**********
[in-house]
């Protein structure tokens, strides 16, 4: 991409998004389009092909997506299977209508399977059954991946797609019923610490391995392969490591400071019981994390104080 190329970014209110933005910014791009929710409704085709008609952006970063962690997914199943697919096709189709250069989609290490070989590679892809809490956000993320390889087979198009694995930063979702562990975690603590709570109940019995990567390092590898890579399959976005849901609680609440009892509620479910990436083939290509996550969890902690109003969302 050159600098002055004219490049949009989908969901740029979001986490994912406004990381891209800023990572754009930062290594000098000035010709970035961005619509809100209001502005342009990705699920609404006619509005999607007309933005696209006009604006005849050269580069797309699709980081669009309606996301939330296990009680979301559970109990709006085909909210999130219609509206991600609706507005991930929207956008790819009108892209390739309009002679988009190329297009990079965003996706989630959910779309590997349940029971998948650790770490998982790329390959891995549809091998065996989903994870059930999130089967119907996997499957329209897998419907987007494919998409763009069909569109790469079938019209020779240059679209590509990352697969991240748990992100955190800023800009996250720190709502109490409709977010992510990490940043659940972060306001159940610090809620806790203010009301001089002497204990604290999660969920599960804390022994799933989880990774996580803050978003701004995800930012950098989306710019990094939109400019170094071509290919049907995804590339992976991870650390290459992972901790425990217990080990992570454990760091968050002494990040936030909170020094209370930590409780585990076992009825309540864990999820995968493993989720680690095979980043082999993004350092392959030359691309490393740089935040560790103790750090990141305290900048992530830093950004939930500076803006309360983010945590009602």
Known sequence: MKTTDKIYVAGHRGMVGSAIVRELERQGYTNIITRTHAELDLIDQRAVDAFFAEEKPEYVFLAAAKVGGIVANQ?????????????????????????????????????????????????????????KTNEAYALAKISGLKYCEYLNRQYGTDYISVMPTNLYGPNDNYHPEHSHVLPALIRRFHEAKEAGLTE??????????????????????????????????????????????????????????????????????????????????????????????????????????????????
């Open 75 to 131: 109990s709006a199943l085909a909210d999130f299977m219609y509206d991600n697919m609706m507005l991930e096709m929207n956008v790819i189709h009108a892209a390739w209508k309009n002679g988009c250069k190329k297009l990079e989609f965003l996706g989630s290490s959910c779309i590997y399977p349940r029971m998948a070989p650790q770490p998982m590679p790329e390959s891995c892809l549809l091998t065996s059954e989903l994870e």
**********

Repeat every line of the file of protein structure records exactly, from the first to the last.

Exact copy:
[in-house]
């Protein structure tokens, strides 16, 4: 991409998004389009092909997506299977209508399977059954991946797609019923610490391995392969490591400071019981994390104080 190329970014209110933005910014791009929710409704085709008609952006970063962690997914199943697919096709189709250069989609290490070989590679892809809490956000993320390889087979198009694995930063979702562990975690603590709570109940019995990567390092590898890579399959976005849901609680609440009892509620479910990436083939290509996550969890902690109003969302 050159600098002055004219490049949009989908969901740029979001986490994912406004990381891209800023990572754009930062290594000098000035010709970035961005619509809100209001502005342009990705699920609404006619509005999607007309933005696209006009604006005849050269580069797309699709980081669009309606996301939330296990009680979301559970109990709006085909909210999130219609509206991600609706507005991930929207956008790819009108892209390739309009002679988009190329297009990079965003996706989630959910779309590997349940029971998948650790770490998982790329390959891995549809091998065996989903994870059930999130089967119907996997499957329209897998419907987007494919998409763009069909569109790469079938019209020779240059679209590509990352697969991240748990992100955190800023800009996250720190709502109490409709977010992510990490940043659940972060306001159940610090809620806790203010009301001089002497204990604290999660969920599960804390022994799933989880990774996580803050978003701004995800930012950098989306710019990094939109400019170094071509290919049907995804590339992976991870650390290459992972901790425990217990080990992570454990760091968050002494990040936030909170020094209370930590409780585990076992009825309540864990999820995968493993989720680690095979980043082999993004350092392959030359691309490393740089935040560790103790750090990141305290900048992530830093950004939930500076803006309360983010945590009602």
Known sequence: MKTTDKIYVAGHRGMVGSAIVRELERQGYTNIITRTHAELDLIDQRAVDAFFAEEKPEYVFLAAAKVGGIVANQ?????????????????????????????????????????????????????????KTNEAYALAKISGLKYCEYLNRQYGTDYISVMPTNLYGPNDNYHPEHSHVLPALIRRFHEAKEAGLTE??????????????????????????????????????????????????????????????????????????????????????????????????????????????????
């Open 75 to 131: 109990s709006a199943l085909a909210d999130f299977m219609y509206d991600n697919m609706m507005l991930e096709m929207n956008v790819i189709h009108a892209a390739w209508k309009n002679g988009c250069k190329k297009l990079e989609f965003l996706g989630s290490s959910c779309i590997y399977p349940r029971m998948a070989p650790q770490p998982m590679p790329e390959s891995c892809l549809l091998t065996s059954e989903l994870e």